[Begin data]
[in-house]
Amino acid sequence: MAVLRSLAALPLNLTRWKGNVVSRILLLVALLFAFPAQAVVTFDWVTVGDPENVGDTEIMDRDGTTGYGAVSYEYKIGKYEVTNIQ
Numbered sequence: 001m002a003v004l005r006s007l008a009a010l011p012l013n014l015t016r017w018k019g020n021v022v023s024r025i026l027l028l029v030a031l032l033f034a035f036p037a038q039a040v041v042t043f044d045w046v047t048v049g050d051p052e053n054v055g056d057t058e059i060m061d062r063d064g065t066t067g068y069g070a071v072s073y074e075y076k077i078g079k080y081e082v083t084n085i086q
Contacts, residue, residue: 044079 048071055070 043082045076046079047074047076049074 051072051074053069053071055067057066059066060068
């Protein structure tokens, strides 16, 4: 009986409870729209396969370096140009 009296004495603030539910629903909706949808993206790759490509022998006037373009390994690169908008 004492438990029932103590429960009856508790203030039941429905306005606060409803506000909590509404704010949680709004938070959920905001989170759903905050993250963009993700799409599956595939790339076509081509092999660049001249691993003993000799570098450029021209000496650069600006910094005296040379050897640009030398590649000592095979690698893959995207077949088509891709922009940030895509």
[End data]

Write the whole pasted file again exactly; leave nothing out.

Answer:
[in-house]
Amino acid sequence: MAVLRSLAALPLNLTRWKGNVVSRILLLVALLFAFPAQAVVTFDWVTVGDPENVGDTEIMDRDGTTGYGAVSYEYKIGKYEVTNIQ
Numbered sequence: 001m002a003v004l005r006s007l008a009a010l011p012l013n014l015t016r017w018k019g020n021v022v023s024r025i026l027l028l029v030a031l032l033f034a035f036p037a038q039a040v041v042t043f044d045w046v047t048v049g050d051p052e053n054v055g056d057t058e059i060m061d062r063d064g065t066t067g068y069g070a071v072s073y074e075y076k077i078g079k080y081e082v083t084n085i086q
Contacts, residue, residue: 044079 048071055070 043082045076046079047074047076049074 051072051074053069053071055067057066059066060068
């Protein structure tokens, strides 16, 4: 009986409870729209396969370096140009 009296004495603030539910629903909706949808993206790759490509022998006037373009390994690169908008 004492438990029932103590429960009856508790203030039941429905306005606060409803506000909590509404704010949680709004938070959920905001989170759903905050993250963009993700799409599956595939790339076509081509092999660049001249691993003993000799570098450029021209000496650069600006910094005296040379050897640009030398590649000592095979690698893959995207077949088509891709922009940030895509």